How To Choose Your Travel Buddies
So, recently I returned from a domestic road trip with a long-time friend. We’re both pretty chill people who enjoy adventures and unplanned side-trips. When we set out, we had three destinations and firm times in place — a ceremony in Ohio during which I was to receive an award on my grandmother’s behalf, the Smithsonian’s Air & Space Museum where my grandmother’s airplane resides, and a news interview I was giving in Ohio on the way back to Chicago.
Admittedly, the trip was for me — I was receiving the award. The plane is my grandmother’s. I was giving the interview.
But Leslie and I have talked about traveling together for years and specifically, we were looking at next year for some international travel. This trip seemed like a good “test run” for learning how we travel together.
Our adventures were great, but showed us some things and reminded me, again, of the importance of choosing the right travel buddy for the specific destination.
All Travel Companions Need to Be On Board for the Destinations
Leslie and I had no issues with this particular adventure. She knew what she was signing up for — at least as much as she could — when she hopped on a plane from California to Chicago to join me. But I have traveled with folks in the past who just weren’t on board with the destinations.
It’s important that if you agree to a given destination or many, that the travel buddy you choose will not only enjoy the locations but be satisfied with where you’re going.
Make Sure Your Travel Styles Are Compatible
Closely related to destination agreement is travel style agreement. Thankfully, both Leslie and I are pretty cool with side-trips and random stops and destinations, but not everyone is.
If you’re someone who likes a strict itinerary, choose a travel companion with a similar nature or that person will get frustrated with you and visa versa. I’ve traveled with folks in the past who had the opposite travel style as myself, and it wound up being miserable for all of us.
Discuss ahead of time how you want to do the trip — especially road-trips — and make sure you’re compatible enough to all be satisfied with how things will go.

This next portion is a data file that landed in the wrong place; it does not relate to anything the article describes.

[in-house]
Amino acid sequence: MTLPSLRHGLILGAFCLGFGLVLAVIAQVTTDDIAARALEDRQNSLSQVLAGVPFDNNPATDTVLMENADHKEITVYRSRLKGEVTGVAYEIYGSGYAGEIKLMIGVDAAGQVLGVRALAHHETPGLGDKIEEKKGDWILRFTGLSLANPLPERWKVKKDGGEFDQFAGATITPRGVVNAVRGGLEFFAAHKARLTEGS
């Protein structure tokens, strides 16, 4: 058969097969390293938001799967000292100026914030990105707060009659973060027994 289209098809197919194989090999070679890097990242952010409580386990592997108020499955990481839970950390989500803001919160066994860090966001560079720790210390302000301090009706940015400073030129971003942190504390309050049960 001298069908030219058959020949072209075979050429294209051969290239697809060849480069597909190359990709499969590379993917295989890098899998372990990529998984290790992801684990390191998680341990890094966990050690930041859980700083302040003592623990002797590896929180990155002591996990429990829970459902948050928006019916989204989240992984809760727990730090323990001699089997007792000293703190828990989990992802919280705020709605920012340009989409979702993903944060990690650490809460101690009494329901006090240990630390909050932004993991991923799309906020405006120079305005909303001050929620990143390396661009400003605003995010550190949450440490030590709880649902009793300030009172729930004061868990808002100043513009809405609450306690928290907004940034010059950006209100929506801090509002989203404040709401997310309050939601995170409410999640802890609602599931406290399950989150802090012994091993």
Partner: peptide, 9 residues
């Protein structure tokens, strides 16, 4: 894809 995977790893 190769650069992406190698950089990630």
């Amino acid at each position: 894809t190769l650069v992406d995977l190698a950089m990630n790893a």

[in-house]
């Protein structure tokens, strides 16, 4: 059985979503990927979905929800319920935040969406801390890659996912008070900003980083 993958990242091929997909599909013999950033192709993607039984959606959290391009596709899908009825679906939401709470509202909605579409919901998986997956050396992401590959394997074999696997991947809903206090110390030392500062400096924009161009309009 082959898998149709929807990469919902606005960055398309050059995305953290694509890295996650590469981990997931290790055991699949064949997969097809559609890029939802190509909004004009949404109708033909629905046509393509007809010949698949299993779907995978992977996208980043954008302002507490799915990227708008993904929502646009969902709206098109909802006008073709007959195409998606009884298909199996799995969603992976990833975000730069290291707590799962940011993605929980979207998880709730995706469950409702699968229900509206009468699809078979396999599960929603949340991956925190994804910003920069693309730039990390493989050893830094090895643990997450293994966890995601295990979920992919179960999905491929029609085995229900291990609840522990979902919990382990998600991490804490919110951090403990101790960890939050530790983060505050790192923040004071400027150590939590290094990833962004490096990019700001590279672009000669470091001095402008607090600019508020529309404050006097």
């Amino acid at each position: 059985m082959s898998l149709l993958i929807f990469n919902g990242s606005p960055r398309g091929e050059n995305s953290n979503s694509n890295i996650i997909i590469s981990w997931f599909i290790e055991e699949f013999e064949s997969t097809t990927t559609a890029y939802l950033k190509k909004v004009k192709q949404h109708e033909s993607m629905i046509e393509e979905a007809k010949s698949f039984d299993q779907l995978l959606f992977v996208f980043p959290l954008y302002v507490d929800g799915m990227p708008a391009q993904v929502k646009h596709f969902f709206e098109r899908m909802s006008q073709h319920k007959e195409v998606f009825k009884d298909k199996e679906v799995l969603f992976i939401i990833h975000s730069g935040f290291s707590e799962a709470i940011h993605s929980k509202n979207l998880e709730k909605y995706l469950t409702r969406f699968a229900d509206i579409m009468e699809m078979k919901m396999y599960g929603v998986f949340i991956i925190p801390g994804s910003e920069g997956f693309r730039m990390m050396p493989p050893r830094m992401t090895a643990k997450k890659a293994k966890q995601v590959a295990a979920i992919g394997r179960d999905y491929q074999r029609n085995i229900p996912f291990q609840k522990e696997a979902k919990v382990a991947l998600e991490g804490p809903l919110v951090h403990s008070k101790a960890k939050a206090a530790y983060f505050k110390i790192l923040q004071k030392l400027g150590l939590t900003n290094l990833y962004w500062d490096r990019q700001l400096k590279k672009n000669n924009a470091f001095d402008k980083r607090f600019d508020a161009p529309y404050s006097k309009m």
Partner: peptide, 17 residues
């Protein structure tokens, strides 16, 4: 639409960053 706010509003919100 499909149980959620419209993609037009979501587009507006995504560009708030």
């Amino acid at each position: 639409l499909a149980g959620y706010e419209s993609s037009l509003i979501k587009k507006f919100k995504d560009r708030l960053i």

We made a lot of random stops and generally only made plans the day of, apart from the specific commitments we had along the journey. For us, this made it a much better trip. For others, that would be miserable.
Make Sure Your Budgets Align
Before choosing a travel buddy, it’s important to make sure that your budget for the trip will match in style and ability to cover costs. This trip, Leslie and I were pretty well matched. We were both capable of splitting our travel costs (hotels, food, et cetera), and had the similar goal of budget-friendly travel. That meant free things to do, low-cost meals (i.e. packing our own and shopping at Aldi along the route, for the most part), inexpensive hotels, et cetera.
In past, I have traveled both with folks incapable of covering their own costs — that’s a post for another time — and those who expected luxury accommodations while I was going for youth hostels and cheap BnBs.
Understand Health Issues and Fitness Levels Before You Invite Someone
On this trip, hiking was a last-minute choice — how could we turn down hiking part of the Appalachian Trail? — and so we went with it. But if it had been planned, Leslie definitely would not have been the choice travel companion for this trip.
I tend to walk between four and ten miles daily, run several times per week, and go hiking whenever I get the opportunity. Leslie has asthma — as do I, but mine is way more under control — and doesn’t walk more than a few miles each day.
The location where we hiked the Appalachian Trail was about one mile straight upward before hitting the level-ish trail. Leslie was definitely not ready for that, especially with her ankle issues and the multitude of sliding rocks that wanted to attack that part of her anatomy. All of this made the ability to hike, walk, et cetera, a bit limited for me since I wasn’t willing to just ditch her for the day. I did still hike ahead quite a bit and got in some extra miles, but it’s just not the same as going hiking with someone at a similar fitness level.
It’s also a good idea to know health issues ahead of time in case of emergencies or issues.
Be Willing to Travel Another Time and Place Together
Leslie made a great companion for this trip. We both thoroughly enjoyed the “Aviation Trail” we journeyed while visiting museums focused on aviation, the ceremony, and the news interview even. But we learned a few things that tell us that there are certain travels we simply should not do together.
- We’re both flexible, so loose, easy-going itineraries are great for us together. We’re both also budget-friendly travelers, which means great destinations with low-cost food and lodging make us a match as travel partners.
- However, Leslie gets motion sickness, so she’s not a good front-seat companion, responsible for reading the GPS or dealing with phone calls, important texts from work, et cetera. This makes us not the best together for “just us” road-trips.
- I’m a hiker and outdoors adventure seeker. Leslie is not.
- Next year, I’ll be hiking and exploring the outdoors a lot and she’d prefer to explore urban locations.
- Next year, I’ll be exploring cities and countries on foot — backpacking my way across Asia, Africa, Europe, and South America. Leslie prefers a suitcase on wheels.
Because of these disparities, we’ve decided, instead, to do domestic or international road trips together instead in 2021+, where things like major cities and small towns are the focus, rather than outdoor activities and loads of walking. And someone else will ride in the front and take care of the reading.
We’re still good friends and plan to travel together. Nothing’s been lost between us. We’re just a bit wiser on who we should travel with and when.